by Kathie Hoyer – August 11, 2020

Right about now, the thought of fall vegetables  –  kale, cabbage, fresh lettuce, spinach and chard –  is as enticing as the dream of cooler weather. The tricky bit is to figure out how to get to that abundant dream while we sweat through the next month and a half. Many seeds struggle to germinate in too much heat, and many gardeners struggle with motivation to keep the seedbeds well-watered. We highly recommend covering sensitive seedlings and new transplants with Micromesh Cloth which provides shade while allowing sufficient light and moisture to get them off to a good start. Thinking ahead, we also recommend Poly Tunnels which will extend your harvesting season through the first frosts.

The secret of a productive fall garden is to spread out the tasks of seeding, planting and transplanting over the next few months. It’s helpful to think of the fall vegetable possibilities as falling into three loose categories, though you’ll notice there is some overlap. Feel free to pick and choose from these lists, experimenting to see what works best in your garden.

Seeds Sown into Warm Soil

Start sowing  at the beginning of August – plant slightly deeper than in spring, seedbed must be kept evenly moist

              • Peas – especially Snow Peas
              • Bush Beans – choose fast maturing varieties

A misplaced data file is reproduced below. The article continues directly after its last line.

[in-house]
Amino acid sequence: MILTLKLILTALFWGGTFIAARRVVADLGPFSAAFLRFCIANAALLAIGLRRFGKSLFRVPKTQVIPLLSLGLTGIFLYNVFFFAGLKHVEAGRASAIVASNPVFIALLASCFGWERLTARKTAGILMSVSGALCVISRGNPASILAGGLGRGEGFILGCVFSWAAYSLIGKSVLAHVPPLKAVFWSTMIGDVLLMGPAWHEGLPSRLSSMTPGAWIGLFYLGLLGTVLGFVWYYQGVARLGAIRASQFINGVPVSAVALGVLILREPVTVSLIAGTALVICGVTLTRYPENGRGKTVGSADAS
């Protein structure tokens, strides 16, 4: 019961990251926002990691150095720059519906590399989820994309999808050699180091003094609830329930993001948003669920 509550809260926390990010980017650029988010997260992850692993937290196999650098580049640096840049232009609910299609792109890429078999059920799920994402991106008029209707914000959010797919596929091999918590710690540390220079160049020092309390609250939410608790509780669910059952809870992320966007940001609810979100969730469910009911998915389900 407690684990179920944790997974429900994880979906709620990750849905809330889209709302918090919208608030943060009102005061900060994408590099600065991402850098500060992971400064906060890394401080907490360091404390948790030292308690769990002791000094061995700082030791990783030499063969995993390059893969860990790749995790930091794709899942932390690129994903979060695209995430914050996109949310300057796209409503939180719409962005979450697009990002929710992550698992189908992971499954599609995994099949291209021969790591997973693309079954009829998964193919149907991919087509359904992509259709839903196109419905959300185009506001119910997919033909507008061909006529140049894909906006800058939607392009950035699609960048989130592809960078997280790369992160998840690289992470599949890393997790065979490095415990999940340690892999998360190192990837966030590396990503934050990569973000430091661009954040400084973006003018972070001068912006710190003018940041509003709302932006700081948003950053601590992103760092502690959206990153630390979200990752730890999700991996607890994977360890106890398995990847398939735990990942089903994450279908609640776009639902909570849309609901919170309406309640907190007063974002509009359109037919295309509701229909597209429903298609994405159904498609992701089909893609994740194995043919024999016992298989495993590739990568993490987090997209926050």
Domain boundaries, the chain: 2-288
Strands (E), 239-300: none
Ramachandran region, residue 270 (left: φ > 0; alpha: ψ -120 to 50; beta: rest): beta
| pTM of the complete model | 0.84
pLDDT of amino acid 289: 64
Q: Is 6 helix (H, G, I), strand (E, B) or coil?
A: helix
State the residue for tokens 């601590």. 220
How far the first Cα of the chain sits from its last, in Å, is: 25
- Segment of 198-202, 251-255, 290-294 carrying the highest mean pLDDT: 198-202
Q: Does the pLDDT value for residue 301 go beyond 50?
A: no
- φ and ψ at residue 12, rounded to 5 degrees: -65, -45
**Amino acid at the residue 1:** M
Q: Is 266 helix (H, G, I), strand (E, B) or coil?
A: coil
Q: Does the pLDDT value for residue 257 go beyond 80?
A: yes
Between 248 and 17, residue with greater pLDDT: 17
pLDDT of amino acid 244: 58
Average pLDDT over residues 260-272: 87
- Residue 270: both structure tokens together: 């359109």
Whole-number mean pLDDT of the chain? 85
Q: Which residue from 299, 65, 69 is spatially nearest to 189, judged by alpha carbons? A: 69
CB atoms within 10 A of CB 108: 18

• Carrots – especially minis
              • Collard Greens and Kale

Seeds Started Indoors/Purchased Transplants

Start seeds inside beginning August 1st and transplant out when second set of true leaves appear
OR
Purchase transplants at Bowood beginning August 24thhere’s the full list.
Remember to check Fresh from the Farm each week as more transplants arrive.

              • Asian Greens, Mustard Greens
              • Endive, Escarole, Radicchio
              • Lettuce – Leaf, Bibb and Romaine
              • Spinach, Swiss Chard, Beet Greens
              • Cabbage, Broccoli, Cauliflower
              • Collard Greens, and Kale
              • Brussels Sprouts

Seeds Sown into Cool Soil

Start sowing at the beginning of September

              • Arugula, Lettuce, and Mache
              • Mizuna and Mustard Greens
              • Turnips, Beets, Radishes

Of course, in addition to planning over time, gardeners need to consider space. If your gardening is currently churning out tomatoes and peppers, beans, cukes and squash you may have to be creative in finding areas to tuck in your fall transplants here and there. If there are empty spots from earlier crops that have been harvested or flowers that have finished blooming, make sure to remove the leftover plants and dig in some compost to give the seeds or transplants a fresh start. Don’t forget that many fall vegetables are quite decorative and can replace summer bloomers in your ornamental beds and containers, adding some needed color up until the time of harvest. Or you may wish to start a container collection of lettuce and greens or perhaps Swiss chard with kale. Our new pointy cabbages and loose-curd cauliflower are unique looking as well as tasty. Lastly, if you like the idea of fall gardening give yourself a reminder to consider succession planting when you design your vegetable beds for next season. More information can be found in Bowood’s Plant Care Tips, under “Vegetable Gardens by Season – Square Foot Garden Guidelines.”